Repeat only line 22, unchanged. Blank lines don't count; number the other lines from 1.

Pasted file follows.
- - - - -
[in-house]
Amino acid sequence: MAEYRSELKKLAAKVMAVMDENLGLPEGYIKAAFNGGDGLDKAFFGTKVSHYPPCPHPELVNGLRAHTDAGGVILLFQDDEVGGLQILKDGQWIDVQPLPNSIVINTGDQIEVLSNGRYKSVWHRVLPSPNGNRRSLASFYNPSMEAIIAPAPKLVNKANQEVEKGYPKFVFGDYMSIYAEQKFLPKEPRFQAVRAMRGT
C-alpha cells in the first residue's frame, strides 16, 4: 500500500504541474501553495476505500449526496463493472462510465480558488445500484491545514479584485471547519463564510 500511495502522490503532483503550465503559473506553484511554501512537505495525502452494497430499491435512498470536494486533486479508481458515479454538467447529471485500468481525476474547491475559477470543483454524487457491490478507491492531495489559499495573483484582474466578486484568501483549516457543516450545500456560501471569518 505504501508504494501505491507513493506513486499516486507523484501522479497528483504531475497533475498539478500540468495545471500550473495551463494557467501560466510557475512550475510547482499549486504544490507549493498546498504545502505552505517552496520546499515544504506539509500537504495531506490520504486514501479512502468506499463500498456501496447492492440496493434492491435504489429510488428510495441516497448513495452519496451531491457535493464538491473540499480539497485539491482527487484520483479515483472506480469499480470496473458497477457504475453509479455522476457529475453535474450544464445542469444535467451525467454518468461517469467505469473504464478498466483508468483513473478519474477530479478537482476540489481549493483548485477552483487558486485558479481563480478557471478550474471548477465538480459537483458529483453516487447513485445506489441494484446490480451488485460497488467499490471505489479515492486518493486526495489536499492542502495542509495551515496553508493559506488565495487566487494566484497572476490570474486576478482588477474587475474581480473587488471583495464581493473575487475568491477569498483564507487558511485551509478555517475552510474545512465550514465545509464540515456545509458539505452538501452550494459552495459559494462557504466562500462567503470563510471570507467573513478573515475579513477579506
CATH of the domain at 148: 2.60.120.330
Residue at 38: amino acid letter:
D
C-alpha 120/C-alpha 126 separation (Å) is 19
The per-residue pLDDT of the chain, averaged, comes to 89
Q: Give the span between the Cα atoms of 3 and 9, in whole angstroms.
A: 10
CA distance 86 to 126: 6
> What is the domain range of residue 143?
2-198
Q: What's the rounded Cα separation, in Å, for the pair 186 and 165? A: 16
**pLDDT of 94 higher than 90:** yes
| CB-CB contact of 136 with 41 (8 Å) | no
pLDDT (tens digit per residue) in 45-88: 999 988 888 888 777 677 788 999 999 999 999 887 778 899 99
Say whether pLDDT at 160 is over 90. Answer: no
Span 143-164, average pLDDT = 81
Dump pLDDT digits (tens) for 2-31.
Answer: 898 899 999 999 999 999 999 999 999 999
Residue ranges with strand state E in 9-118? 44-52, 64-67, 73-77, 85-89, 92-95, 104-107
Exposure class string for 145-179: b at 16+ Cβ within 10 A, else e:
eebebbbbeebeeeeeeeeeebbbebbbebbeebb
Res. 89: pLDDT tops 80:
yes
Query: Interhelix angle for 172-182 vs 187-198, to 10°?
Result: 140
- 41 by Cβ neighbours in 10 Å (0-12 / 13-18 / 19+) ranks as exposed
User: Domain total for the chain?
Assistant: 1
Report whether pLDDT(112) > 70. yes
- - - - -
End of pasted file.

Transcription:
Residue ranges with strand state E in 9-118? 44-52, 64-67, 73-77, 85-89, 92-95, 104-107